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Housing (Evictions)

Volume 655: debated on Thursday 8 March 1962

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Q1.

asked the Prime Minister, in view of the continuing increase in the number of evictions under the Rent Acts and other parts of the law in relation to housing, if he will instruct the Minister of Housing, the Secretary of State for Scotland, the Minister of Agriculture and other affected Ministers to consult together with a view to amending the law to end all evictions from houses until satisfactory alternative accommodation is provided.

Will the Prime Minister, in view of that Answer, suggest some other way of dealing with a problem which is one of the greatest social evils in this country at the moment? Is he aware that hundreds of people are homeless and that I have with me a list of twenty-four—[Laughter.]—has the Prime Minister ever heard a more disgraceful scene than the supporters behind him laughing at evictions?

I was saying that there are twenty-four cases in my constituency at this moment, of which I have sent details to the Minister of Housing, of women in the anguish of mental breakdown through families being dispersed. Will the right hon. Gentleman do something about what is the greatest scandal among our people at the present time?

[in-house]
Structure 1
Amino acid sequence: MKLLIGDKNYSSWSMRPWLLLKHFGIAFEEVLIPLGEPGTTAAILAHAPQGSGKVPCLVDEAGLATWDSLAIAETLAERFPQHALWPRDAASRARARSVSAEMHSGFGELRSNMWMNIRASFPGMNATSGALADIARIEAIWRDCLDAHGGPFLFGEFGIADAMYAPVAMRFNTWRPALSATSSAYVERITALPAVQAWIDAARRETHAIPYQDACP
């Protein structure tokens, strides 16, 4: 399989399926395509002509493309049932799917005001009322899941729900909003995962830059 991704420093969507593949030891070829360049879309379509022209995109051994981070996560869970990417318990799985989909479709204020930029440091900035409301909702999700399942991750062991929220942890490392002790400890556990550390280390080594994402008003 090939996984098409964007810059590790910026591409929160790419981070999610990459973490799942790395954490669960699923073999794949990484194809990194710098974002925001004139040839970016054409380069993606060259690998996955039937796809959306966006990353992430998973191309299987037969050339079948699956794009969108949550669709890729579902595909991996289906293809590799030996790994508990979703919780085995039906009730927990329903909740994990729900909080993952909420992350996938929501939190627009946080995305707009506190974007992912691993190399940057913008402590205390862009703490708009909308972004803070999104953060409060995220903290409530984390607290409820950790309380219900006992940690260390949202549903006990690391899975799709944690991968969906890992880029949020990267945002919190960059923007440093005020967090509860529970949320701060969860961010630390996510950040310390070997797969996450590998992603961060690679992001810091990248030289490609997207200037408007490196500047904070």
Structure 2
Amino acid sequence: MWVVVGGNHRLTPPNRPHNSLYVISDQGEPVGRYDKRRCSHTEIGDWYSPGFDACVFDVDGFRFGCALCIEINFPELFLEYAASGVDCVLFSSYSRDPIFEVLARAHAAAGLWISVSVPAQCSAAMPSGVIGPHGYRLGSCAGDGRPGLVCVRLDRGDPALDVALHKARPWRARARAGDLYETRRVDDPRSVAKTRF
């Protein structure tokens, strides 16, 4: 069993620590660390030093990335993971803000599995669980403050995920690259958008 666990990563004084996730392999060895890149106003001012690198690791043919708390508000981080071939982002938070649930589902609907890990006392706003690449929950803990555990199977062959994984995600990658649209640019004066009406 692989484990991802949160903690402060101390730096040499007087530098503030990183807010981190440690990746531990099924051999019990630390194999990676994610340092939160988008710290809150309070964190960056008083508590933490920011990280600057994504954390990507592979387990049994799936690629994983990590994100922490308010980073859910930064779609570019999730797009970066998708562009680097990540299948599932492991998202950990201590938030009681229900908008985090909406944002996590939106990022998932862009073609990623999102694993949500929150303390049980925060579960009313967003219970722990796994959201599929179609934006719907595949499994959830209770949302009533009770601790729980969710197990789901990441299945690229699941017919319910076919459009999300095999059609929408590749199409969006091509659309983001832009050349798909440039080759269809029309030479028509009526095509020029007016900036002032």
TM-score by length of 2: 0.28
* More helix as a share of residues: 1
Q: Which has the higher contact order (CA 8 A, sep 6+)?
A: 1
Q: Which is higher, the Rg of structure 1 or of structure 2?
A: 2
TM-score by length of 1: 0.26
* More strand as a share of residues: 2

With regard to the particular Question, my right hon. Friend has told me about the letters which the hon. Member for Eton and Slough (Mr. Brockway) has sent to him concerning cases at Slough. Of course, my right hon. Friend will himself be replying to the hon. Gentleman. I understand that very few of these twenty-four cases have any direct connection with the Rent Act.

With regard to the larger question, its ultimate solution can only be by carrying forward with vigour the great housing progress we have made in the last ten years.

Does the Prime Minister understand that whatever the reasons for which people are evicted it is the Rent Act which makes it impossible for them to find anywhere else to go? Is he aware that since the Rent Act was passed—and this is admitted by the Minister of Housing—under-occupation of property is increasing and there is no increase in the amount of property to let coming on to the market? Since the Rent Act has failed in the objects claimed for it and is producing these undoubted hardships, does not the right hon. Gentleman think that he should look at it again?

I do not consider that the repeal of the Rent Act would serve the purposes which the hon. Gentleman has in view. It is much more likely to lead to yet greater sales of houses and less houses for rent.

On a point of order. In view of the unsatisfactory reply, I give notice that I will raise this matter at the earliest possible opportunity on the Adjournment, and I hope that the Prime Minister will be here to answer the debate.